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Women, Development and Empowerment: A Pacific Feminist Perspective


page 89


Listening to the discussions on projects, I feel in a peculiar situation because we in Kanaky are still struggling for independence and liberation.

In Kanaky, in the liberation movement, when we talk about projects and development, it involves land, cooperatives or alternative schools, not the approach that has been talked about here. Women's production is always seen in relation to cooperatives and the local markets set up by the liberation front. I will not be talking about the projects supported by the French government - that is not my affairs. In my community, we do not know these projects.

In our community, we did not start development from projects supported by funding agencies. There were no projects at home until last year, when we started to talk about development through the liberation movement. In Kanaky today, the people involved in the liberation movement talk about development, always linking it with the question of political independence. We do not isolate development from the struggle for political independence and getting out of the capitalist system. We link the development of our country and our people with trying to build a new kind of society. The liberation front has opted for a type of society and system which is socialist.

I would like to make a brief comment on socialism, and on feminism. Yesterday, I noticed that some of us were a bit scared of this term, feminism. I cannot understand this fear of certain words. In undemocratic or even liberal regimes, persons can be executed sometimes because of certain words used, or because we are women and we dare to open our mouths, or because we are blacks. If we want to share our role in

* Kanaky - the indigenous name for the French colony of New Caledonia.

page 90 society as women and as human beings, what definitions are we going to give to certain terms like “feminism” and “socialism”? Yesterday, we linked the term feminism with the “Western feminism” and “women's lib”, but we did not talk about the definition of feminism from the perspective of women's liberation struggles in some of the Third World countries like Nicaragua or Angola. I think we should try to understand what feminism is and not just think that it is a foreign word.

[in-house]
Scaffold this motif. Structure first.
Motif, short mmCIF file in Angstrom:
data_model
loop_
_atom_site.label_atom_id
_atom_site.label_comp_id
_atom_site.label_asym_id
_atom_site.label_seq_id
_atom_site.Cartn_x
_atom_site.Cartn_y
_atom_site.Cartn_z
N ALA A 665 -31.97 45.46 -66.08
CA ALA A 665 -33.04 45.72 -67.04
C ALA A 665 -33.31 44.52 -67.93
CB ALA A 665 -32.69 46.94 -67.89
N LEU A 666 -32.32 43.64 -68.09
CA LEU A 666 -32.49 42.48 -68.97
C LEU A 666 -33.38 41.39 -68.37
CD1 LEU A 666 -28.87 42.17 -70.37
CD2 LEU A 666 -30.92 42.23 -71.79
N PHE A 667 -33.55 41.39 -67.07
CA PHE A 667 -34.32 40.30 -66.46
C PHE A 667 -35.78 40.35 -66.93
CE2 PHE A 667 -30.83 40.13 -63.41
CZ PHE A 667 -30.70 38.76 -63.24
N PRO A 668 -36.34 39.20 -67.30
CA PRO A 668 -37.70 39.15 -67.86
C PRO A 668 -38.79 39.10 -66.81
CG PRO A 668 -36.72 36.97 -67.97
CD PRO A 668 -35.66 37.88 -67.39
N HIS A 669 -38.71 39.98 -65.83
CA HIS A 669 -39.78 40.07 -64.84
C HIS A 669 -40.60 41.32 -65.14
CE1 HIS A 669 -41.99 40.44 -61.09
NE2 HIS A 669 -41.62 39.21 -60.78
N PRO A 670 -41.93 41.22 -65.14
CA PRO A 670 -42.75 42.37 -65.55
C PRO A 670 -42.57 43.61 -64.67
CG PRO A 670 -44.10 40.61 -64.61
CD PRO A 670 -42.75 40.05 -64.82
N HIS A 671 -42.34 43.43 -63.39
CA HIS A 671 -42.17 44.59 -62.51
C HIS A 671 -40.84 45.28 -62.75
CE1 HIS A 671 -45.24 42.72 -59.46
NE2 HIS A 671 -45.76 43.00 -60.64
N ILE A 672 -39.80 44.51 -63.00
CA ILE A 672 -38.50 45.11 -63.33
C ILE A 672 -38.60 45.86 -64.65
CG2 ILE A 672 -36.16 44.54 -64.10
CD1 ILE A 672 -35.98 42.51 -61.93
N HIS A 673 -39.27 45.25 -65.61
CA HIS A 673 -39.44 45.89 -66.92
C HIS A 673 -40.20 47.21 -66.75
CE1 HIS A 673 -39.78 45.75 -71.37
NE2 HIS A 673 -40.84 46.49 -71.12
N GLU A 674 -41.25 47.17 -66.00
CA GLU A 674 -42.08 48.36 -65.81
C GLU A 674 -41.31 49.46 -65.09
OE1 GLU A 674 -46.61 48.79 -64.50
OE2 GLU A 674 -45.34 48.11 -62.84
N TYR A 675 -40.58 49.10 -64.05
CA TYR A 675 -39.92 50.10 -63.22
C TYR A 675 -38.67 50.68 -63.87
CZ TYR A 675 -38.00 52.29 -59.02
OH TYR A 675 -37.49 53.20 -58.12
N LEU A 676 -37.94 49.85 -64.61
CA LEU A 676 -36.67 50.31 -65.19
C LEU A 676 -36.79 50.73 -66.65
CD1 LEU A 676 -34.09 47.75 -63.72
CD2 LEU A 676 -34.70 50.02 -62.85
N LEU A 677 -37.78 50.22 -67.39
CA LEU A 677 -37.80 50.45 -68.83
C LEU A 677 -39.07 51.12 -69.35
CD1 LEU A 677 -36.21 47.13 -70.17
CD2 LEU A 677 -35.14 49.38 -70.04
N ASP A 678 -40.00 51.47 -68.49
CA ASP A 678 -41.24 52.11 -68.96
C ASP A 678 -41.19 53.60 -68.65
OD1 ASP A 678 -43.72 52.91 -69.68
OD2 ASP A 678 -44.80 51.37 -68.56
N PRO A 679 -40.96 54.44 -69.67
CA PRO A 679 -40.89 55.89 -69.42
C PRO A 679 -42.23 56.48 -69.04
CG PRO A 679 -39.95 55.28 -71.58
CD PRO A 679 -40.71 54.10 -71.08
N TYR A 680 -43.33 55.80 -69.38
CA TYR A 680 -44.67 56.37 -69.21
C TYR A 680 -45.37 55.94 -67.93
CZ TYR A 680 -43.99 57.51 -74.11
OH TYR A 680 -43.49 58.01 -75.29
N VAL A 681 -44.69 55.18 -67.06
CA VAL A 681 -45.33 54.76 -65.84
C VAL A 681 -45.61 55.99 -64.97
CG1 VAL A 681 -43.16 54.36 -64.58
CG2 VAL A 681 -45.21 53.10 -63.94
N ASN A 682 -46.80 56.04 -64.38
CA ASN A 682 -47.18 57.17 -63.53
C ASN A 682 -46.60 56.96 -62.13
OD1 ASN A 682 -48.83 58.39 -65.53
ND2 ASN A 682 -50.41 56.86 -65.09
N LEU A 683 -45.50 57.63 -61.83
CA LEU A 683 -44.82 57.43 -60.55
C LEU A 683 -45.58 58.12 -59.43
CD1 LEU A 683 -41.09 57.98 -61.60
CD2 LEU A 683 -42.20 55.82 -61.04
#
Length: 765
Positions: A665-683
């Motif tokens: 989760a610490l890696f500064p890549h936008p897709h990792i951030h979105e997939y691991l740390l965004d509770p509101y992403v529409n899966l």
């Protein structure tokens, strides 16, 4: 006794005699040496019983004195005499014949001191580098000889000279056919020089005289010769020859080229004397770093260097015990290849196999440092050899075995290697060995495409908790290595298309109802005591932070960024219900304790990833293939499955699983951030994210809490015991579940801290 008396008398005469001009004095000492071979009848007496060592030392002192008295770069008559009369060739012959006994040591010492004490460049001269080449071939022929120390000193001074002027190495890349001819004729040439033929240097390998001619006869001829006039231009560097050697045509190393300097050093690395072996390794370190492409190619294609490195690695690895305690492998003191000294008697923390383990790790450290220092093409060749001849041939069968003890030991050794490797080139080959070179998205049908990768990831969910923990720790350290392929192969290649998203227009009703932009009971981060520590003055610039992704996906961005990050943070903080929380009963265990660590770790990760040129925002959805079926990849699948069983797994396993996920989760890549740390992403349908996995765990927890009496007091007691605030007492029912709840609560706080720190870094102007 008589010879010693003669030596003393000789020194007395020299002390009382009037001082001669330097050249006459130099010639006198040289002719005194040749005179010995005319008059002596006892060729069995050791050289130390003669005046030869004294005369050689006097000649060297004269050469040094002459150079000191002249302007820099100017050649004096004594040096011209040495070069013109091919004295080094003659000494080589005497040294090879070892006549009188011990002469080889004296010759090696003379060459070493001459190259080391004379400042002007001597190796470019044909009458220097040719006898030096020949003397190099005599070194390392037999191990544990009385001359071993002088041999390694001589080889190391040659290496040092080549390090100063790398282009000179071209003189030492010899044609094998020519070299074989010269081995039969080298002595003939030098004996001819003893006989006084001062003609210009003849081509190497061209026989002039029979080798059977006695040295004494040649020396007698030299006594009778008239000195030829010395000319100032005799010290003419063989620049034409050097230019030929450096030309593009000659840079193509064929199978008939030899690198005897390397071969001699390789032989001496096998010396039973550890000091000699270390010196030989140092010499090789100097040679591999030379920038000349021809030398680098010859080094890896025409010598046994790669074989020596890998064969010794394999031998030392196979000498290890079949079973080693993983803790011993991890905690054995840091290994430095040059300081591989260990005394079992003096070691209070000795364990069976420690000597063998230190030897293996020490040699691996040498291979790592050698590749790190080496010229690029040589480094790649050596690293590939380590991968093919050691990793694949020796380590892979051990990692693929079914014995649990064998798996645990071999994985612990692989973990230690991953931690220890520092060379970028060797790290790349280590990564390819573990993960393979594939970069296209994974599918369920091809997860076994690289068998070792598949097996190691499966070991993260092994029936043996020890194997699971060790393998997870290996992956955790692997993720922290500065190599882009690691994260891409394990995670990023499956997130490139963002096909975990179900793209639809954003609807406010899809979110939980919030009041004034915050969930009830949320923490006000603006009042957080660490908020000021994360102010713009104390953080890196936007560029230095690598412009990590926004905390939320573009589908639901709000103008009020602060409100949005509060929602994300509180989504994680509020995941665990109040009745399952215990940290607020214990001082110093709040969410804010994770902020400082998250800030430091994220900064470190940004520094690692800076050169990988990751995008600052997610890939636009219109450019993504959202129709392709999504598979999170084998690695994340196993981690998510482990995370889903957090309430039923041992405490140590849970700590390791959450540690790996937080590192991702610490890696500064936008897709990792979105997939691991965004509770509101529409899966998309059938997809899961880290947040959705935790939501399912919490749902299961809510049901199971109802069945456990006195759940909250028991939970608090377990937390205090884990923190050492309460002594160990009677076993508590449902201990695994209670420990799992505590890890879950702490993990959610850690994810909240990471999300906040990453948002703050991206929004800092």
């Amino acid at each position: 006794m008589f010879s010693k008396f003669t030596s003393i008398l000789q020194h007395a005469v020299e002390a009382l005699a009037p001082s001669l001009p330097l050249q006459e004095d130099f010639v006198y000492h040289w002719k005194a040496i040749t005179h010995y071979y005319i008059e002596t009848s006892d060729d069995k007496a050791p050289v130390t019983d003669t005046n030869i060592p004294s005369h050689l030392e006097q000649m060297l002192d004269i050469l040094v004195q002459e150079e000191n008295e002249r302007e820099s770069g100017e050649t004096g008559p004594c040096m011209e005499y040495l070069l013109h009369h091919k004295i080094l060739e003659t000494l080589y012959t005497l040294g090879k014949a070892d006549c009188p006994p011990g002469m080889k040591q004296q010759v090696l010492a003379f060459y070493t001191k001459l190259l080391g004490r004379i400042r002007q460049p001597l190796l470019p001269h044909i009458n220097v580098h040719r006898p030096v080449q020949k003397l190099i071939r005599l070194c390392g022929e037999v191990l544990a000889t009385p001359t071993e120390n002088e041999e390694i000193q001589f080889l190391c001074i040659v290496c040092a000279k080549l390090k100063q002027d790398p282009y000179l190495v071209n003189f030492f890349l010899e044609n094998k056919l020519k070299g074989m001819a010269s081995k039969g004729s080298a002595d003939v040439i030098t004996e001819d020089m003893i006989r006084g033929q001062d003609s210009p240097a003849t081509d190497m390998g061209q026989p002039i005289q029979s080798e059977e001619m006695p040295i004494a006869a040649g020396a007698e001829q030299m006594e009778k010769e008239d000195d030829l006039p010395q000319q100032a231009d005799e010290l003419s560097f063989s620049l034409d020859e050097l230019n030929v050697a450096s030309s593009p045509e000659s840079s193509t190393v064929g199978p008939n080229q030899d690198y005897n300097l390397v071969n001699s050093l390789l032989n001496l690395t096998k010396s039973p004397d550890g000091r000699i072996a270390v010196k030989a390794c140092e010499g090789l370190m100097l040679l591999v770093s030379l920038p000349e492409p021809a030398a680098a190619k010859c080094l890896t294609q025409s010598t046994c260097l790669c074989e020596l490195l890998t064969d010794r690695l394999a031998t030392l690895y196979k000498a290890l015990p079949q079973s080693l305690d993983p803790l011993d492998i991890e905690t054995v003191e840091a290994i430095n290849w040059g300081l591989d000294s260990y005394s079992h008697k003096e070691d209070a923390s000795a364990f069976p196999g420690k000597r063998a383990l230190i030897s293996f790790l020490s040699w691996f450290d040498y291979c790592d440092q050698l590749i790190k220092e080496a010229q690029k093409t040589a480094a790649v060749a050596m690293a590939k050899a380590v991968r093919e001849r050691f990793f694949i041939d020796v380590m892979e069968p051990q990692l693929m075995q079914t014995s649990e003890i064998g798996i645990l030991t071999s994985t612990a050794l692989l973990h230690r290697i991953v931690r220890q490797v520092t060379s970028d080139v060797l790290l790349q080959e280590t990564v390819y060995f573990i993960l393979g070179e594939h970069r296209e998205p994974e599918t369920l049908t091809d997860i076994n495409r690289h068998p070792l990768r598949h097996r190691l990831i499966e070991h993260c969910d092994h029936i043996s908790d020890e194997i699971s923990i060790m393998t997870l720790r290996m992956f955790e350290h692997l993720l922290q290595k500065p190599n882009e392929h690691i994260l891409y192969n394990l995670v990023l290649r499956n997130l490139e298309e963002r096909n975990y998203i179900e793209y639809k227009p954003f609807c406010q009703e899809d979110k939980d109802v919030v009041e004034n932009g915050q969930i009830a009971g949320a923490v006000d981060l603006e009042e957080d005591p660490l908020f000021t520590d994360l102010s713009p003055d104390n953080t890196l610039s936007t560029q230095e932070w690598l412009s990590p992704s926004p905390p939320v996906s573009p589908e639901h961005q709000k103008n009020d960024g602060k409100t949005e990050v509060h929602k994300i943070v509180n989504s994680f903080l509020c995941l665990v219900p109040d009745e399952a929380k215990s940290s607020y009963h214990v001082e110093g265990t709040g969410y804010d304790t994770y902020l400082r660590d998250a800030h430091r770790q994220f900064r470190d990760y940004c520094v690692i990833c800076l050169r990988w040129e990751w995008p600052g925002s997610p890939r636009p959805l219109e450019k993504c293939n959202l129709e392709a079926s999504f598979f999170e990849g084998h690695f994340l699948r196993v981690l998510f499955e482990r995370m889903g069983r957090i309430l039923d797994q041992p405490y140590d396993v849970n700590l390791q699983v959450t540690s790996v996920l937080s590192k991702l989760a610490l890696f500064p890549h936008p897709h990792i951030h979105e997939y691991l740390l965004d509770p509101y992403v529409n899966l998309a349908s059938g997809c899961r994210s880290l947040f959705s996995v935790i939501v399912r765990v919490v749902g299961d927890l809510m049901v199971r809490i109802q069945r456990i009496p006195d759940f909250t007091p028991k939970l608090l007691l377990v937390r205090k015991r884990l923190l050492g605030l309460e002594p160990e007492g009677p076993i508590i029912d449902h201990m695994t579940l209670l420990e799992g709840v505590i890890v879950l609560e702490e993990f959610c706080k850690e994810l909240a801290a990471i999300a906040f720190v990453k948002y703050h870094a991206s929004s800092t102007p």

My main interest now is in the way we are trying to impose development in Kanaky through a liberation struggle that can change the role of women. For example, we encourage the full participation of the women in cooperatives and in an alternative education programme we have started, called the “Kanak Popular School” (an adult school), and we can see the results. A lot of young women can now speak in front of people, women now feel confident to attend political meetings, even in the presence of the French.

Our involvement in the liberation struggle is aimed at changing the attitude and behaviour of men towards women. This may not be a lot, but I consider it a big improvement when we consider the position of Kanak women before they became involved in the liberation movement, when they could not even speak at meetings because they were women. There is still a lot to do, to change the whole society however. The liberation movement is working as an alternative development for Kanak society that includes greater participation and involvement of women.